The veteran knuckleballer hasn't had an ERA below 5 since 2009, hasn't qualified for the ERA title since 2008, hasn't had an ERA below 4 since 2002.
|Tim Wakefield began|
his professional career
as a third baseman.
It's February, and the Boston Red Sox have not offered him a contract. He has had nibbles from other organizations, but he has long said he won't pitch for anybody other than Boston. It looks like the end for Wakefield.
If so, it's been an odd career, odd enough that it may be unique. He has 200 career wins (on the nose), but never won more than 17 games in any season. He hit the majors as a 25-year-old flutterball savant -- in his half season in 1992 with Pittsburgh, he went 8-1, 2.15, won a couple more games in the playoffs, and looked like he was set for a long run as a top-flight pitcher for years to come.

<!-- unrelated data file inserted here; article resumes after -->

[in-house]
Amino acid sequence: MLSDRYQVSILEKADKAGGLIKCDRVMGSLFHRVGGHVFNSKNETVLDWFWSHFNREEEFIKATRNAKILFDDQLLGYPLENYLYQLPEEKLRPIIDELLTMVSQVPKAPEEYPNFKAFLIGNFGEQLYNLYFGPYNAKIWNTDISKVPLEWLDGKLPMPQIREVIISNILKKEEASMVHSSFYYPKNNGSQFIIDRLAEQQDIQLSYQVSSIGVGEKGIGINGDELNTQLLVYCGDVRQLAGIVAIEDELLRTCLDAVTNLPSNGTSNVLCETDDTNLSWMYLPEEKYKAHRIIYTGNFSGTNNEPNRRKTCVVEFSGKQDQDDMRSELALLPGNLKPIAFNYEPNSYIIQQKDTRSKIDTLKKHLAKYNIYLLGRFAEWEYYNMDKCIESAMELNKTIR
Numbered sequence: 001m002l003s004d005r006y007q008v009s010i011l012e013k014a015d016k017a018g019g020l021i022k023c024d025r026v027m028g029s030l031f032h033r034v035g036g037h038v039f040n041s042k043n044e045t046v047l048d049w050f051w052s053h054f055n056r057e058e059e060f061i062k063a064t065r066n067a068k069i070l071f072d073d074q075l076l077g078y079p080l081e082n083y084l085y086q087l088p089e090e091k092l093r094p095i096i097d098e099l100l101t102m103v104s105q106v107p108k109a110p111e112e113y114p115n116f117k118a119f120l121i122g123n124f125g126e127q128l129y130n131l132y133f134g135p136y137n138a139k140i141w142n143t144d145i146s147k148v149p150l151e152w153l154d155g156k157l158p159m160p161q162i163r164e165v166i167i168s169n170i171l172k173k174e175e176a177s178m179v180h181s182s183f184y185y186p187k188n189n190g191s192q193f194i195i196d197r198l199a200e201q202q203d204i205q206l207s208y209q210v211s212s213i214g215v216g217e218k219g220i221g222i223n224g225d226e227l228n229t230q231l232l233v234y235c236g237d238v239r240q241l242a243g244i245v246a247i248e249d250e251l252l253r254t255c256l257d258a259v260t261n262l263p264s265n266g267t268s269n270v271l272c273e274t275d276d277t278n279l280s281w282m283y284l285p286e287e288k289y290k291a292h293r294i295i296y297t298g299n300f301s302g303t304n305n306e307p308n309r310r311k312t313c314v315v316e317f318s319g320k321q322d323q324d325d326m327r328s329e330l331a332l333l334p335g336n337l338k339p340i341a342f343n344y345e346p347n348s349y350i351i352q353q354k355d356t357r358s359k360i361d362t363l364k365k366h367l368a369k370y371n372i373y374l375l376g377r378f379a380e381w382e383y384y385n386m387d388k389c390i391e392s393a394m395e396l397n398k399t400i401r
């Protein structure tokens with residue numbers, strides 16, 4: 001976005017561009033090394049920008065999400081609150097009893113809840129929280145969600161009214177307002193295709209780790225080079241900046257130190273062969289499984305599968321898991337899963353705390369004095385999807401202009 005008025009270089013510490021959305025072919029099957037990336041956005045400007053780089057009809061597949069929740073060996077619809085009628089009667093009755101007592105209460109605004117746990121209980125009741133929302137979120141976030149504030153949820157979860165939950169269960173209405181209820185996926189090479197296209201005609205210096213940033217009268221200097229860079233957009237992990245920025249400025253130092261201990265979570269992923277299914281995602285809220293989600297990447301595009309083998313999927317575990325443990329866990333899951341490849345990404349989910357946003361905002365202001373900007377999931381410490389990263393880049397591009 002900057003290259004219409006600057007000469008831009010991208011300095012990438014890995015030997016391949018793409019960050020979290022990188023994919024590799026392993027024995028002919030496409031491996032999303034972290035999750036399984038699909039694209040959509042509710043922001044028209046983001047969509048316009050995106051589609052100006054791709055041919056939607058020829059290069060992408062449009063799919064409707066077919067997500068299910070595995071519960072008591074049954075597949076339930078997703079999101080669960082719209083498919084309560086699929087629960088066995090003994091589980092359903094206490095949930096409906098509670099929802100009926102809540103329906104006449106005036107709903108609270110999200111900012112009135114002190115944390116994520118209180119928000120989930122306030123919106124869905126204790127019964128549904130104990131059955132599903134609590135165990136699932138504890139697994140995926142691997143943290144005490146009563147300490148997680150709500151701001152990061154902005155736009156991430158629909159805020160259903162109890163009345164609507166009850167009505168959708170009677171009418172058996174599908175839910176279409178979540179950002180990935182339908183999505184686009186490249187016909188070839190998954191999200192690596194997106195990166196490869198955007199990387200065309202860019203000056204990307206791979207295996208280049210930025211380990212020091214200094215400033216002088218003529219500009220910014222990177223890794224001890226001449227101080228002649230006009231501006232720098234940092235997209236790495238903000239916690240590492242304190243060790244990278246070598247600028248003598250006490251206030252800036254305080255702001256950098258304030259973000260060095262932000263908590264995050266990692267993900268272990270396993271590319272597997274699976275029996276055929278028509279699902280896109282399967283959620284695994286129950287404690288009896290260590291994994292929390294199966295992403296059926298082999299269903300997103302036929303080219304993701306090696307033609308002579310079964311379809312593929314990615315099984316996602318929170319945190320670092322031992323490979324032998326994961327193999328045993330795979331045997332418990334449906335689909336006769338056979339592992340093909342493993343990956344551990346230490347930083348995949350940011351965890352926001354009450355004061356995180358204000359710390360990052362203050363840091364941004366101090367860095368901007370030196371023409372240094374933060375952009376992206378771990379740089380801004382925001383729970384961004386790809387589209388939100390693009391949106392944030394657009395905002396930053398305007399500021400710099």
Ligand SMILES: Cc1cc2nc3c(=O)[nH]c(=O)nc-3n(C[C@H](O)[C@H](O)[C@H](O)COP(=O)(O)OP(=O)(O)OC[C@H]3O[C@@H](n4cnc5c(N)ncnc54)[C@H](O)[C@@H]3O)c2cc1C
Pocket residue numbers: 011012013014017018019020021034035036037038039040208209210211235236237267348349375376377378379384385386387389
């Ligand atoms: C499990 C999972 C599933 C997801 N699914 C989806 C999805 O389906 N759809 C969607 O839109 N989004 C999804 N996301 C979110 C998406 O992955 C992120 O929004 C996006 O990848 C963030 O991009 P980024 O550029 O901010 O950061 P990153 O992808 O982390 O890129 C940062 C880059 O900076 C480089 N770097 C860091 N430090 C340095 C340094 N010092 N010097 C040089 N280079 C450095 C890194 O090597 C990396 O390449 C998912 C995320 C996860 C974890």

And then he crashed and burned and rose again: 6-11 in 2003, back to the minors in 2004, re-emerged with Boston in 1995 with a 16-8, 2.95 season.
He had two half seasons in his 20s -- 1992 and 1995 -- in which he had a case for being the best pitcher going. He wasn't. He was a durable utility pitcher -- he won 17 games for the Sox as a starter in 1998, then led the team in saves the next season -- and Boston rewarded him, but he was never an ace. He ground through his 30s and into his 40s as a back-of-the-rotation guy.
Knuckleballers, as a rule, mature late. It's a rare k-baller who shines in his 20s. It takes time to master the nuances of the pitch, and, I suspect, to master the emotional aspect of relying on the unpredicable. Knuckleballers also, as a rule, get their chances with bad teams.
Wakefield is an exception to both rules.